BLOCK 3 Someone finally noticed that not only was I not a registered dancer, but I was making no attempt to dance, opting instead to mutter notes into my personal recorder and side-eye anyone who danced remotely close to me. I was escorted out in a not-too-friendly fashion (if Ian from DM security tells you I bit him then he is a FUCKING LIAR because it doesn’t count as biting if you don’t break the skin) and dumped into the Norris food court unceremoniously. I spent the remainder of this block skulking around the outside of the tent, drinking a Dunkin Donuts Coolatta® and plotting. From inside the tent, a red light pulsed softly, like some great and terrible heartbeat.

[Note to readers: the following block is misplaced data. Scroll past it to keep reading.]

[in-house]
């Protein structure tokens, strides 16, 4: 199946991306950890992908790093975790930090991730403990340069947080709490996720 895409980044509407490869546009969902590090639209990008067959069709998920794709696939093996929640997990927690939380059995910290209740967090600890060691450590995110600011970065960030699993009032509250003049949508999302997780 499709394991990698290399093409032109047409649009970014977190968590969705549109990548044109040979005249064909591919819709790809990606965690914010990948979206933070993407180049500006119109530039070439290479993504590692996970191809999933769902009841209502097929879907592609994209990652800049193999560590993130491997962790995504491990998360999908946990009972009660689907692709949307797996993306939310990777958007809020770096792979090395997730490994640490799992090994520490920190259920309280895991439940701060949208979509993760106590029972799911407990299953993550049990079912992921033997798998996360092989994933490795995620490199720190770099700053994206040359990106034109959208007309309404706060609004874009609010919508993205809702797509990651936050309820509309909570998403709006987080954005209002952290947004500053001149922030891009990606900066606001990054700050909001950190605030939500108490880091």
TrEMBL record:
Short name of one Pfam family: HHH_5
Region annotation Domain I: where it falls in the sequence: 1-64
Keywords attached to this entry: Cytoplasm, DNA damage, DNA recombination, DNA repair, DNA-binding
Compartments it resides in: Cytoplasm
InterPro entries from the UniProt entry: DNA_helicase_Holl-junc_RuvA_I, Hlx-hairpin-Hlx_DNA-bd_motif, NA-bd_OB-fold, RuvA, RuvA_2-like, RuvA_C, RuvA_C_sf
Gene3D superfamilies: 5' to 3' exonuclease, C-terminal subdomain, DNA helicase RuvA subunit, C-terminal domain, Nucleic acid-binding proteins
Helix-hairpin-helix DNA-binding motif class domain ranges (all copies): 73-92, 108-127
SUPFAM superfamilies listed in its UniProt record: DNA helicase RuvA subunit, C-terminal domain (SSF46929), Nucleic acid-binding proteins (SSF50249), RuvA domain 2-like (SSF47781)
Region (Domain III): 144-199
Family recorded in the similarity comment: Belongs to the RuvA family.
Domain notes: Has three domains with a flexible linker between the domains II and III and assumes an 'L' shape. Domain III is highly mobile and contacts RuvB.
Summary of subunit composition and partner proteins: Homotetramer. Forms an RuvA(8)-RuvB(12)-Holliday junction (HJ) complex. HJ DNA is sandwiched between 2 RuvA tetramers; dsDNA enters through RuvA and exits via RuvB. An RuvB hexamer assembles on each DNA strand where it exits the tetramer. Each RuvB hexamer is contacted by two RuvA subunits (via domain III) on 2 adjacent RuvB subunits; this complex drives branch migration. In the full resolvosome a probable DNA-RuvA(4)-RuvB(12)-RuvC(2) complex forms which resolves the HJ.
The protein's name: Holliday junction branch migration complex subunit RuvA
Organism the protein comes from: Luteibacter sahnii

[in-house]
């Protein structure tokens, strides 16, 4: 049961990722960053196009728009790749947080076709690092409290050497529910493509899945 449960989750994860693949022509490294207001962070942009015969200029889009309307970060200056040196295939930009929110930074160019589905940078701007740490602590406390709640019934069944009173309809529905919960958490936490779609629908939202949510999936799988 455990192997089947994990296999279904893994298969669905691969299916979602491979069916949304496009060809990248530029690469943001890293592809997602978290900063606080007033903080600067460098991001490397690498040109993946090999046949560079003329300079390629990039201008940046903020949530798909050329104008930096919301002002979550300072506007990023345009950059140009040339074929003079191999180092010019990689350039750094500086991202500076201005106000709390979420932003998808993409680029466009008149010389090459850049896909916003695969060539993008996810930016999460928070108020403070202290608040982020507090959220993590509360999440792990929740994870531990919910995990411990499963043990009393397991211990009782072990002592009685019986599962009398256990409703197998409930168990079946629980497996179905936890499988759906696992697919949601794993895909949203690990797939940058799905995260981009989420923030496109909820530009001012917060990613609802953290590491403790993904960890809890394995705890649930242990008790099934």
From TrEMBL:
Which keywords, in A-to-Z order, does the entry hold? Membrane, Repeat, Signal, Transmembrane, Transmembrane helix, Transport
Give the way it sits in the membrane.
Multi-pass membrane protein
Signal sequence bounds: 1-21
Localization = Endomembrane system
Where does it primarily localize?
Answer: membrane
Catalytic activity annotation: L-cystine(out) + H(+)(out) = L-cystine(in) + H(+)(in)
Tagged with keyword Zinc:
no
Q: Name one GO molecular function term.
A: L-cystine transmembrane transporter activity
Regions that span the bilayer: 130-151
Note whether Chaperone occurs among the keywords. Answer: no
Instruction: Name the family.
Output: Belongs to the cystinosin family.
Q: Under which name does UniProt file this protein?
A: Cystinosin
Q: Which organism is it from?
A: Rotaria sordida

BLOCK 4 I’m not proud of everything I’ve done in the name of journalism, especially not the kind of journalism that a rag like Sherman Ave is looking to publish. But I am proud of this, which was a well-executed plan and worked out exactly like TV and movies told me it would. Basically, I waited in a bathroom stall until I heard someone come in. I knew right away she was a dancer- her breathing was ragged, her steps unsteady, and she smelled like a middle school locker room. When she opened the door to my stall I pounced, slamming her to the ground. “Don’t kill-” but I put my sweaty palm over her sweaty mouth before she could say more. “Listen very carefully,” I said. “You’re going to give me your registration number. Then we’re going to switch clothes, and we’re both going to walk out of here like none of this ever happened. Understand?” I took my hand from her mouth as her eyes lit up. “You mean… I’m free?” She practically skipped out of Norris, and I got back into the tent just in time to hear hundreds of dancers scream the words to Mr. Brightside in perfect, off-key unison.